PUBLISHED: 12:41, Sat, May 23, 2020 | UPDATED: 13:07, Sat, May 23, 2020
The monarch was just 27 when she was crowned Queen on June 2 1953 following the death of her father King George VI. The young mother looked resplendent in a flamboyant gown which took eight months to design and was surrounded by six attentive maids of honour including her friend Lady Anne Glenconner. Speaking on a new documentary, the 87-year-old revealed how each of the women were given a bottle of smelling salts on the day to help them in case they started to feel faint.
But Lady Glenconner, the daughter of the 5th Earl of Leicester, said the salts did not prove to be very useful when she found herself in an “awful” medical situation.
She had been feeling the pressure as the eyes of millions of viewers were on her during the Westminster Abbey ceremony which was broadcast live.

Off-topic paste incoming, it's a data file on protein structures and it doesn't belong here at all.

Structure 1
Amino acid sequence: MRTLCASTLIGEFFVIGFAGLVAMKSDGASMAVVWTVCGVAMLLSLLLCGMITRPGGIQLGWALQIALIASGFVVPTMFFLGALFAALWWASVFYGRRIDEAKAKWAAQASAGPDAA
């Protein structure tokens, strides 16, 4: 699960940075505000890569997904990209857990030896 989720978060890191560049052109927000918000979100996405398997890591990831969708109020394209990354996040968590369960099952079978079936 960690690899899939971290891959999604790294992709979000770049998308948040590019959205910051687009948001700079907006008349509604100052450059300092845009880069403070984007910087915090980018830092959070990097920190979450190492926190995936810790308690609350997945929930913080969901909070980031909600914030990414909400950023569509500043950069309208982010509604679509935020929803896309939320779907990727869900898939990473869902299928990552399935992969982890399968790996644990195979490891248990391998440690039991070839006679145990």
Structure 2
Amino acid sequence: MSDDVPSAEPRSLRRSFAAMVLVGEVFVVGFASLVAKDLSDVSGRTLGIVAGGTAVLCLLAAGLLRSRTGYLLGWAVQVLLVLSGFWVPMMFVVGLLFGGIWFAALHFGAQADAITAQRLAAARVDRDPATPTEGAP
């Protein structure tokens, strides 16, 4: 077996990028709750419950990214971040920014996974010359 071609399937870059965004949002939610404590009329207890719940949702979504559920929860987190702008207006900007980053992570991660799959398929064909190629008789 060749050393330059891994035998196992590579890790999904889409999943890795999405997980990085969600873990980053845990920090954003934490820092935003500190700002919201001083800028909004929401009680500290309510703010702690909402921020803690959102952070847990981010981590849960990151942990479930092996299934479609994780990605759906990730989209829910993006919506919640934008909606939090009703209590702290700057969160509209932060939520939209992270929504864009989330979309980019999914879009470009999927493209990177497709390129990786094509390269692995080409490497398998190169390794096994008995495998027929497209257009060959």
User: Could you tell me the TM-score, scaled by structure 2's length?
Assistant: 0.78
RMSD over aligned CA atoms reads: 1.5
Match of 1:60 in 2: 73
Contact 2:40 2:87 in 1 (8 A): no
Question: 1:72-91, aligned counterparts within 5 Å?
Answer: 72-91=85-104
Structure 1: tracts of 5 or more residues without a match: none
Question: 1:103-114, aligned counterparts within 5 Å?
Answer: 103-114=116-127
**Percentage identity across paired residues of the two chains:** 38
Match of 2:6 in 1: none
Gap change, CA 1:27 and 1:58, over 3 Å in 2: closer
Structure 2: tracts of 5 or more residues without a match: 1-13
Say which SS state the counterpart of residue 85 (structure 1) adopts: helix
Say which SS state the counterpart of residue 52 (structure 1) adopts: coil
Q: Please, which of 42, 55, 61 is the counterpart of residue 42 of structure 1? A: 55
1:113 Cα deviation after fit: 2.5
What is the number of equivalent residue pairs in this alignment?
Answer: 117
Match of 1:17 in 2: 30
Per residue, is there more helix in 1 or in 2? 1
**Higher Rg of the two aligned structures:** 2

Speaking on ITV's The Queen: Inside the Crown documentary, she explained how she had kept some of the salts in her glove in case she needed help.
She said: "Not that they did much good.
The Queen's coronation in 1953 was almost ruined by a fainting incident (Image: GETTY)
Lady Anne Glenconner pictured third from left on the Queen's coronation day (Image: GETTY)
"I started to sway, everything was black. I couldn't see, everything was black. It was awful.
"I thought I can't let the Queen down.
"I could ruin the whole thing. All the cameras, millions of people all over the world watching.
Lady Glenconner told of how a Black Rod stepped in to save the day by holding her up when she was inclined to fall over.
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The Queen's coronation in 1953 (Image: GETTY)